- 1853 - 1971 (Creation)
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The Anglican Church of Southern Africa, previously known as the Church of the Province of Southern Africa, is the province of the Anglican Communion in Southern Africa. Its primate is the Archbishop of Cape Town. The church includes dioceses in present day South Africa, Mozambique, Namibia, Angola, Lesotho, Swaziland and St. Helena.
An agreement was signed in 1937 between the Church of the Province of South Africa (CPSA) - now known as the Anglican Church of Southern Africa (ACSA) - and the University of the Witwatersrand, whereby the church's central record library was places on loan with the University. The library consisted of books, pamphlets, periodicals and manuscripts. The richness of the Anglican Church's manuscript collection is due to the efforts of the provincial archivists appointed by the church to collect material and transfer it to the university. The first, 1937-1957, was Father Osmund Victor, followed by Canon Cecil Thomas Wood from 1958-1979. Mrs AR Kotze then took over from 1979-2000, until Carol Archibald was appointed as Provincial Archivist in 2001.
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The records comprise diaries, minutes, correspondence, memoranda, scrapbooks, registers, press-clippings, legal and ecclesiastical documents, photographs, printed items and plans. These records were transferred to the C.P.S.A. record Library in July 1972 from Darrah Hous, just prior to its demolition to make way for a new block of offices and flats, which is to be built on the same site, adjacent to the Cathedral.
From the records one obtains a clear picture of the beginning of the Anglican church in Johannesburg, of its work and growth and importance in the life of the community. The records contain much on the buying and selling of stands, on the raising and spending of money and on the relationship of St. Mary's with first of all, the Diocese of Pretoria and from 1922 with the Diocese of Johannesburg. There is much on the building, repair and ornamentation of the various St. Mary's churches, the services held, the elections and work of churchwardens and on activities closely linked with the church such as the choir, Church Men's society and the Dean's Shelter for the aged, unemployed and homeless. Closely associated with St. Mary's were might be described as her 'daughter' churches, St. Alban's, St. Cyprian's and St. Saviour's and the records contain information on their beginnings and on the missionary and educational work done at St. Cyprian's for the Bantu and at St. Alban's for the coloured people.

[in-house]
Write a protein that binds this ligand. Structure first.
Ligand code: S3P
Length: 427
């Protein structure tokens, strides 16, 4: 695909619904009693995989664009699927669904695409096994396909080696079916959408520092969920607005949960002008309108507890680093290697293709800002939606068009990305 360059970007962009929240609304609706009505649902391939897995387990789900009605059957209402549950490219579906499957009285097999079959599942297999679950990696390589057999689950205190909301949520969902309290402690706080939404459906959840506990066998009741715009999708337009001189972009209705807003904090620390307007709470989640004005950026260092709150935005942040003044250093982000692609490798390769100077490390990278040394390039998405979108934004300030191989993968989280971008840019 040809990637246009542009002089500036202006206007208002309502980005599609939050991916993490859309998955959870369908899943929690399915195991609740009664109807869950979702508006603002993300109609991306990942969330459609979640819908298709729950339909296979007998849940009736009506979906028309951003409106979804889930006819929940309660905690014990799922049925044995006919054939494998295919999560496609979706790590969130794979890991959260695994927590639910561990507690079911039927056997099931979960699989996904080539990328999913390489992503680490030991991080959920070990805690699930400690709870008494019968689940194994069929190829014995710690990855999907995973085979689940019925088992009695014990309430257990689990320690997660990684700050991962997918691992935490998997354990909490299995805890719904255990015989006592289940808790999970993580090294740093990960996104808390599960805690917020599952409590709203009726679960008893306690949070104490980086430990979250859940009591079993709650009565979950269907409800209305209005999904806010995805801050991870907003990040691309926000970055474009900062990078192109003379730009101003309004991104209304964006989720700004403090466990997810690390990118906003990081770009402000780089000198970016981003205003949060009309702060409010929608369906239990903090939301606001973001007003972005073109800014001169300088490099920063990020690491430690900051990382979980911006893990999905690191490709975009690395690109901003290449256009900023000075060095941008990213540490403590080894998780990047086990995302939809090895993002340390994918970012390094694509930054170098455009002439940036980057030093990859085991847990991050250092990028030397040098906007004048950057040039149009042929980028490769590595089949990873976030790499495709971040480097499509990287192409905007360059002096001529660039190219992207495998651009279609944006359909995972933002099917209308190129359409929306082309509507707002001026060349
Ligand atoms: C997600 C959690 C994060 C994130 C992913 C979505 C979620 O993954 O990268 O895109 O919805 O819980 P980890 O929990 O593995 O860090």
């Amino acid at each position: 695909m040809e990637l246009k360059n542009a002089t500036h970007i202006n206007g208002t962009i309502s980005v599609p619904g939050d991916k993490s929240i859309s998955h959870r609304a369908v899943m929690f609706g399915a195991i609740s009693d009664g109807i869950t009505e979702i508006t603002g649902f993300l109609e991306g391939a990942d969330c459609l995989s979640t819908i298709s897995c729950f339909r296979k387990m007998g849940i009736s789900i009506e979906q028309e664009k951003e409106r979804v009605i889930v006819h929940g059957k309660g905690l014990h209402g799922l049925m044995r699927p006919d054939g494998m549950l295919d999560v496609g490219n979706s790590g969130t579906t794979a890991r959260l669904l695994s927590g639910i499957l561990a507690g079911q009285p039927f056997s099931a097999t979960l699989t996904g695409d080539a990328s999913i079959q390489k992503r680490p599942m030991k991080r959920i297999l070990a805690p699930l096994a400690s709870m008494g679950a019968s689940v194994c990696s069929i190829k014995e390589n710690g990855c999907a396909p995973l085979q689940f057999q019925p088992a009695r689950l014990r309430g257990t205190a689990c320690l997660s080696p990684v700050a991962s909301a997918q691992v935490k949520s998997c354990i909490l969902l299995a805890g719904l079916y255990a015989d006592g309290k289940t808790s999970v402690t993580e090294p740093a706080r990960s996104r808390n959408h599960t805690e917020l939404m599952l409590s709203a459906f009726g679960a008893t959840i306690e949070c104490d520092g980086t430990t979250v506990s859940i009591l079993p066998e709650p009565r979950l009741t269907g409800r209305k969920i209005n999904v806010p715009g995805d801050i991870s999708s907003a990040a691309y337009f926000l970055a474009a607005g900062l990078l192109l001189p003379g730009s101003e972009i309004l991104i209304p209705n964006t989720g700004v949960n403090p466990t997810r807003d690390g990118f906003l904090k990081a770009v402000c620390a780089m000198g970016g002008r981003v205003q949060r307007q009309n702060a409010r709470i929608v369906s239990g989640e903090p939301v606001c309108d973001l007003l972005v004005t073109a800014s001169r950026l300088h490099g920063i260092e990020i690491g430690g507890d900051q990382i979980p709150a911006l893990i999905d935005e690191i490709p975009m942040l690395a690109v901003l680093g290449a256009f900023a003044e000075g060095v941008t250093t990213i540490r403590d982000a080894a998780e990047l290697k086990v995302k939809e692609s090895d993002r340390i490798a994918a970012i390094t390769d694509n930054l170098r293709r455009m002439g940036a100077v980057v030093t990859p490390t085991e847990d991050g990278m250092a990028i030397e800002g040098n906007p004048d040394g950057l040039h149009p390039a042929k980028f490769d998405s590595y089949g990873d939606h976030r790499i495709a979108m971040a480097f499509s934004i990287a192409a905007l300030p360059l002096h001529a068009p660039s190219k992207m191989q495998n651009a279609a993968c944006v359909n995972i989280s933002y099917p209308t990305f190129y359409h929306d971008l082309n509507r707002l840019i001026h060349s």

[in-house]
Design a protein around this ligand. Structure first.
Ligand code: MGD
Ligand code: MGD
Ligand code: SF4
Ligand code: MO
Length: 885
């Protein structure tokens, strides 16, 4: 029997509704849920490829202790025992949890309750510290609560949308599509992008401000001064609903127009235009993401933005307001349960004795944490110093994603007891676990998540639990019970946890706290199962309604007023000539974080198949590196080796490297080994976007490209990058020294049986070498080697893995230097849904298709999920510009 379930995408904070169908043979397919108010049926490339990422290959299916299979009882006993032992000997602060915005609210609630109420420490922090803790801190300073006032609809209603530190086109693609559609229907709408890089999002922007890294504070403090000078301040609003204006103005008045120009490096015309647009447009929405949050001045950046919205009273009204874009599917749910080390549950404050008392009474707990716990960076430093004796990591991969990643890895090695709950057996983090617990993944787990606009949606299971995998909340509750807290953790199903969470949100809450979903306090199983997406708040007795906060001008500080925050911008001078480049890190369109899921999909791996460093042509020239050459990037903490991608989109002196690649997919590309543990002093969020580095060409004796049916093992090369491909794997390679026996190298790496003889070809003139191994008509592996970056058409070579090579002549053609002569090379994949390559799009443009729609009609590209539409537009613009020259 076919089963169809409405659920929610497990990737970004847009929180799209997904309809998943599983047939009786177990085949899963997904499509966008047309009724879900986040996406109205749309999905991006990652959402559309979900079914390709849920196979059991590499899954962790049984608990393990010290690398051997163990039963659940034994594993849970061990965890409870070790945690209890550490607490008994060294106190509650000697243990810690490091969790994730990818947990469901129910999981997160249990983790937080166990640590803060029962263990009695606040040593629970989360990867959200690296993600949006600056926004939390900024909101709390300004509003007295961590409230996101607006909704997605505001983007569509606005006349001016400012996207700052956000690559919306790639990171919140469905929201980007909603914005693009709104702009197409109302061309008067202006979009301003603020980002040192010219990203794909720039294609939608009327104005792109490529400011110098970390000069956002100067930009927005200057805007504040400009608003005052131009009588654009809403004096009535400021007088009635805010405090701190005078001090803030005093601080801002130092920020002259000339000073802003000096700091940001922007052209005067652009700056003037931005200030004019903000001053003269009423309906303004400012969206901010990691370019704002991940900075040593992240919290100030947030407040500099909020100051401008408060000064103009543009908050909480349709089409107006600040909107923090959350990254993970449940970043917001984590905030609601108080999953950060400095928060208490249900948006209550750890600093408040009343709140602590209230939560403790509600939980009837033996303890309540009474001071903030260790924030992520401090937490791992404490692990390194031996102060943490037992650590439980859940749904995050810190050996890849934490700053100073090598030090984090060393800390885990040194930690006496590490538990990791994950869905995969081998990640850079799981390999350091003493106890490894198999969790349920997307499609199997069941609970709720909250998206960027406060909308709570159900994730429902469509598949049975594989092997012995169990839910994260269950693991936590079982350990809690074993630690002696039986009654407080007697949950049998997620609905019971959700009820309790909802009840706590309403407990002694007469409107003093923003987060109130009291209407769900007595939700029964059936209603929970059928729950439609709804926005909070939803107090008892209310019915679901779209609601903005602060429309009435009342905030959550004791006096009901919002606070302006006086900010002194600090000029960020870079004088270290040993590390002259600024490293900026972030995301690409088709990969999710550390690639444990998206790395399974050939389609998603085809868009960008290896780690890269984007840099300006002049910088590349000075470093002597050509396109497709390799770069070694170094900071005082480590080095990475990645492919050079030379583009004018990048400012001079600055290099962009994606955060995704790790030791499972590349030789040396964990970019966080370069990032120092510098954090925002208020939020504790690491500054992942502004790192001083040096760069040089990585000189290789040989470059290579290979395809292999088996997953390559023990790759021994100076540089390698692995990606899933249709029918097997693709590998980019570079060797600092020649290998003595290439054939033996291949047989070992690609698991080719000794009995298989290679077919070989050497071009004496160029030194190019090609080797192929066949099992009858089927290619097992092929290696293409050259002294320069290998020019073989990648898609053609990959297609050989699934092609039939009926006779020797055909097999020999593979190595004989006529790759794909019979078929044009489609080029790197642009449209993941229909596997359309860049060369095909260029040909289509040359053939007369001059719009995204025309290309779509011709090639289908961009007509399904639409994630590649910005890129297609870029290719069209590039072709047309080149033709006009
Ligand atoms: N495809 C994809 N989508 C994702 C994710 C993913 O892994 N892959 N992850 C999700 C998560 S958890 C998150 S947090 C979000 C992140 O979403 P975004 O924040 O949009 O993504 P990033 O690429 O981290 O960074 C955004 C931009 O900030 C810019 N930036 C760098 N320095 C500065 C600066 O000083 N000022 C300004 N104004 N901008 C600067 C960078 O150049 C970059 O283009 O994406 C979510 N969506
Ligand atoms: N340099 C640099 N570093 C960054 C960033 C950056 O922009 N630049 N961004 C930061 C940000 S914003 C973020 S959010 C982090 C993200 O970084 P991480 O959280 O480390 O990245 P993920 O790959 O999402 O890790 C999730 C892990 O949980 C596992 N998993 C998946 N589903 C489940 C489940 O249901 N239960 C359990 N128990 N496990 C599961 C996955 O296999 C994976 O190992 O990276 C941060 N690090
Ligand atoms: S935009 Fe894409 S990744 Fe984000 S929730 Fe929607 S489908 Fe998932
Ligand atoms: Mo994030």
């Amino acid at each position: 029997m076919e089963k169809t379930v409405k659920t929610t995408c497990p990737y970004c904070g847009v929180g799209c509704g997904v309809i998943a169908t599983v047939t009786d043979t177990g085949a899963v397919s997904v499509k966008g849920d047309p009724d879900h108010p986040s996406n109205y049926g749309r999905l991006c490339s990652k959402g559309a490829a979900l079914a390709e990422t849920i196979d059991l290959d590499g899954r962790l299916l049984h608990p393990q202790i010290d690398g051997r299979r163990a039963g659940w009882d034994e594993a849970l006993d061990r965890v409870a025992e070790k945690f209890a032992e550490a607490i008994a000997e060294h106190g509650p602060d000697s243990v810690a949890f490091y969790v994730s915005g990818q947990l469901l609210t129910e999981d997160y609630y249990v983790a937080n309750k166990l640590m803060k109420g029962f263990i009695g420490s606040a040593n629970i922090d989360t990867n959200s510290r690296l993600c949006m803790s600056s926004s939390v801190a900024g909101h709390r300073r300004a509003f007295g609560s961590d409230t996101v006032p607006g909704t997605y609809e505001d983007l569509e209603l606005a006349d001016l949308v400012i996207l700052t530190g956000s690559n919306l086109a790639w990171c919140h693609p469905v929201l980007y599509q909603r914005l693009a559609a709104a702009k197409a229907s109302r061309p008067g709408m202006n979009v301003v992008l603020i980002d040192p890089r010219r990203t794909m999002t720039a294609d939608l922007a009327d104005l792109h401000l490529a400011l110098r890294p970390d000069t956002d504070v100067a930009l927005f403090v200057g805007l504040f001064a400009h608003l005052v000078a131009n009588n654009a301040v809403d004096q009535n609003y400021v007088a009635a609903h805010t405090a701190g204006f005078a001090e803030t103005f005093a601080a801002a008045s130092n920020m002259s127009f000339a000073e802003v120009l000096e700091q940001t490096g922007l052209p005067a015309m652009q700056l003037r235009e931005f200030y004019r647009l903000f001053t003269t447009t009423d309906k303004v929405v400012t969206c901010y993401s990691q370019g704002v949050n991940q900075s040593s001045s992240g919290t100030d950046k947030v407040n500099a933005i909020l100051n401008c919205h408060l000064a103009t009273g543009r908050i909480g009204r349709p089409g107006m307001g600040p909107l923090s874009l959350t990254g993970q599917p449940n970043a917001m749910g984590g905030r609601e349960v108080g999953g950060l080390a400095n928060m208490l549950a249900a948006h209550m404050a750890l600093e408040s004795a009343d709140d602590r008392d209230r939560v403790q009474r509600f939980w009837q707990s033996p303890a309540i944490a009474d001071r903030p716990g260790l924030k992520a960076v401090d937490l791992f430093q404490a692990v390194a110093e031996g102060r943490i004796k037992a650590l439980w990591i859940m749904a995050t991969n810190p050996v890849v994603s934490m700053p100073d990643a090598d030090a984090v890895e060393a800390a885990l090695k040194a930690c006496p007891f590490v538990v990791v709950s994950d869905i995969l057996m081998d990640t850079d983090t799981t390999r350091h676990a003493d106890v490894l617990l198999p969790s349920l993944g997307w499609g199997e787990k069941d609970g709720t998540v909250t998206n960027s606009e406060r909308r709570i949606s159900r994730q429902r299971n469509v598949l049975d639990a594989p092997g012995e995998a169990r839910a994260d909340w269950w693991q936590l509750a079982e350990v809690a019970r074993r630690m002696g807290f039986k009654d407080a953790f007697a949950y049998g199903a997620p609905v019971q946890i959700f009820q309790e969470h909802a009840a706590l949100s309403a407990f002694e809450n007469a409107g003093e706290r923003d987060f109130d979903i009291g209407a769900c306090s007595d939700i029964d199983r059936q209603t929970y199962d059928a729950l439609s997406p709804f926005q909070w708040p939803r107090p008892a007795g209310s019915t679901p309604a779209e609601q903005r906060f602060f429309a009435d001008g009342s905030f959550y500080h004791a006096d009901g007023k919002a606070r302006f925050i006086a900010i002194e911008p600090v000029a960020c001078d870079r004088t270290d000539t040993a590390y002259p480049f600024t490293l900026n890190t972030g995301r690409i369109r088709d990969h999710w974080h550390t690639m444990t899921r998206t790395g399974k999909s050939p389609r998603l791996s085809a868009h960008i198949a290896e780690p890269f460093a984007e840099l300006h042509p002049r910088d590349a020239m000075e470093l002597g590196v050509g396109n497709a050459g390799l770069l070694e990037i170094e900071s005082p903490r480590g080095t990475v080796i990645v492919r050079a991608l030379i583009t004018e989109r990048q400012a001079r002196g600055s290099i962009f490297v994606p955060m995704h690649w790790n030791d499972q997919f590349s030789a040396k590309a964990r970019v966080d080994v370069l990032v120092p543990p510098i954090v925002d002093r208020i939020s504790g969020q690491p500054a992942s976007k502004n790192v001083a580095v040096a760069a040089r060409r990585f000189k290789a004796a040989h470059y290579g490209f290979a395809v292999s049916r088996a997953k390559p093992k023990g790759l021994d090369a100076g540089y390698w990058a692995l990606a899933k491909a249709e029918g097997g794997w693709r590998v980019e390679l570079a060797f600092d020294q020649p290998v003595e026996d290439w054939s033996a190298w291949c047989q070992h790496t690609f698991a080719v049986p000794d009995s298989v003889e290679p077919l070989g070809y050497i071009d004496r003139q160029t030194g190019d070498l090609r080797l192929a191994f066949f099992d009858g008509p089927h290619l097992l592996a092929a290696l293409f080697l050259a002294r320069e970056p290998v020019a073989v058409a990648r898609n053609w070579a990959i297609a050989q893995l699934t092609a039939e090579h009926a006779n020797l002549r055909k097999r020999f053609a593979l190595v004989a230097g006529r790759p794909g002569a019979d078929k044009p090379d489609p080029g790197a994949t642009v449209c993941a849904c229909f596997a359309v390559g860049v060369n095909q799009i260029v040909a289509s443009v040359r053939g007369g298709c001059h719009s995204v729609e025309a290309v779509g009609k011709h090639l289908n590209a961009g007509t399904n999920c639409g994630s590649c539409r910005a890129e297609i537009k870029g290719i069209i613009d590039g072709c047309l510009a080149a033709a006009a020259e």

The records also throw light on the history of St. John's College and on the work done at St. margaret's Mission House by the sisters of East Grimstead. Side by side with the records of the church itself go the records of its commercial buildings, first St. Mary's buildings in Eloff Street (built on the site of the first St. Mary's church) and later Darragh House in Plein Street (built on the site of the second St. Mary's church), both of which produced revenue from the rents of offices, flats and shops. There is a great deal in the records on the leasing and upkeep of these buildings.
The records of St. Mary's Church are of interest not only to the church historian but also to researchers enquiring into the history of education, social services and property development in Johannesburg.
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Biographical and administrative history: The church of St. Mary was the first Anglican Church in Johannesburg and was founded in 1887, just one year after the discovery of gold on the witwatersrand. At that time Johannesburg was part of the Diocese of Pretoria and remained so until 1922 when the new Diocese of Johannesburg was formed. In June 1887, at a service held in Malcomess's store, Commissioner street, Bishop Bousfield of Pretoria inducted J.T. Darragh, the first rector of St. Mary's. Servies were held by Darragh in the rand club until Christmas 1887 when the first St. mary's church, on the corner of Eloff and Kerk Streets, was ready. In 1904 Viscount Milner laid the foundation of St. Mary's Hall in Plain Street, the architect of which was G. Fellowes Prynne and which was used as a parish church for 25 years. On the creation of the Diocese of Johannesurg, this second St. Mary's church became the Pro Cathedral. A meeting was held in Johannesburg on January 6, 1924, to launch a campaign for the erection of a caathedral in Johannesburg. The foundation stone was laid in 1926 and the consecration took place in 1929. The architects were Sir H. Baker and F.L.H. fleming and the master craftsman was H. Berryman. The cathedral is built on the stands adjoining the second St. Mary's Church in Plein Street.
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Inventory compiled by Anna M. Cunningham, January 1973